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Graves' disease is an autoimmune disorder characterized by an overactive thyroid gland, which produces an excessive amount of thyroid hormones. Thyroid gland is a butterfly shaped gland situated in the neck, below the Adam’s apple. This is one of the largest endocrine glands in the human body that controls several important bodily processes. Thyroid gland controls the body’s metabolic rate, or the pace at which the body uses energy. It also controls how quickly the body makes proteins and to what extent it is sensitive to other hormones. In Graves' disease, a serious metabolic imbalance takes place, since the levels of thyroid hormones are abnormally elevated.

Symptoms of Graves' disease

Graves' disease is the most common cause of hyperthyroidism in all age groups. The disease typically starts during early adolescence and includes all of the symptoms of hyperthyroidism. Most of the patients will develop enlarged thyroid that looks like a huge swelling at the base of the neck. This phenomenon is also known as goitre or goiter, and may include other complications such as vocal cord paralysis, dysphonia, and even respiratory stridor. Another common symptom of Graves’ disease is the protrusion of eyes, also known as Graves’ ophthalmopathy. This disorder affects the orbit around the eye, causing the upper eyelid retraction, swelling, redness, conjunctivitis and bulging eyes.

Since their metabolic rate is affected, patients will typically be hyperactive and show increased energy. On the other hand, they will constantly feel tired. They may also suffer from tremors, hypertension, increased sweating, heat intolerance and insomnia. Sometimes, they will experience muscular weakness and muscle degeneration.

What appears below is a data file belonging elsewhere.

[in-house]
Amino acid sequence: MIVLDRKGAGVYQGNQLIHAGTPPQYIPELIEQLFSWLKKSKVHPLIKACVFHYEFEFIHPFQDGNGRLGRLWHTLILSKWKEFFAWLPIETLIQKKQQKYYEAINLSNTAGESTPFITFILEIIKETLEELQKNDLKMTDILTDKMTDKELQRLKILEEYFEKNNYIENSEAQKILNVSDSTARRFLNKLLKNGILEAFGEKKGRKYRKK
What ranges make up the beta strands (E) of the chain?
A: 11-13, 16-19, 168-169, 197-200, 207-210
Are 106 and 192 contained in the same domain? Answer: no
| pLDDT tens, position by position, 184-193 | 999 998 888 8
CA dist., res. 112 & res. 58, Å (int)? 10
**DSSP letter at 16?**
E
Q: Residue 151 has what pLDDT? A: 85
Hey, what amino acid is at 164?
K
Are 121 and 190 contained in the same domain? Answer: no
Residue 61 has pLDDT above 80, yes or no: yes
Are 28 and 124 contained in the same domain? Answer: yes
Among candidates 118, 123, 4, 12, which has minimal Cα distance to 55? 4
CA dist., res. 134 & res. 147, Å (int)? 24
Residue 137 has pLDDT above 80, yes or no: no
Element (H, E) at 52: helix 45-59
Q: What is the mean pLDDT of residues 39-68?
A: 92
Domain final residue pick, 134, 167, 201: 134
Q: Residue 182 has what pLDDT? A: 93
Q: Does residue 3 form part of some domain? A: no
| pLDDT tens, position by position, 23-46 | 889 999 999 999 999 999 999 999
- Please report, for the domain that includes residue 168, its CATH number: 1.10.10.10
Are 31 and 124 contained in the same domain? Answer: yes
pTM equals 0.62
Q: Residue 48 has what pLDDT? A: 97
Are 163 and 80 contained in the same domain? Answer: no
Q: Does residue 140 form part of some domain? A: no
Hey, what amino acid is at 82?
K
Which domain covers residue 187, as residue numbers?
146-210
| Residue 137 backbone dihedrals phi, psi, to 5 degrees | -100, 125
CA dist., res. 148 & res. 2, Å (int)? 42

Causes of Graves’ disease

Since this is an autoimmune disorder, doctors are not sure what exactly causes it. In Graves’ disease, the patient’s body mistakenly attacks the thyroid gland and stimulates it to make excessive amounts of thyroid hormone. In some cases, a viral or bacterial infection may activate antibodies, which cross-react with the TSH receptor.

Treatment for Graves’ disease

There is no cure to Craves’ disease. No known treatment can prevent the immune system from attacking the thyroid gland. However, there is some kind of treatment for Graves’ disease, but it is completely based on controlling the symptoms of the disease and decreasing the production of thyroxine or partially blocking its effects. Treatment typically consists of beta blockers, anti-thyroid medications, radioactive iodine treatment or surgery. The surgery is the last option, and it involves removal of the thyroid gland. After the surgery, the patients will need to take hormonal treatment till the end of their lives.

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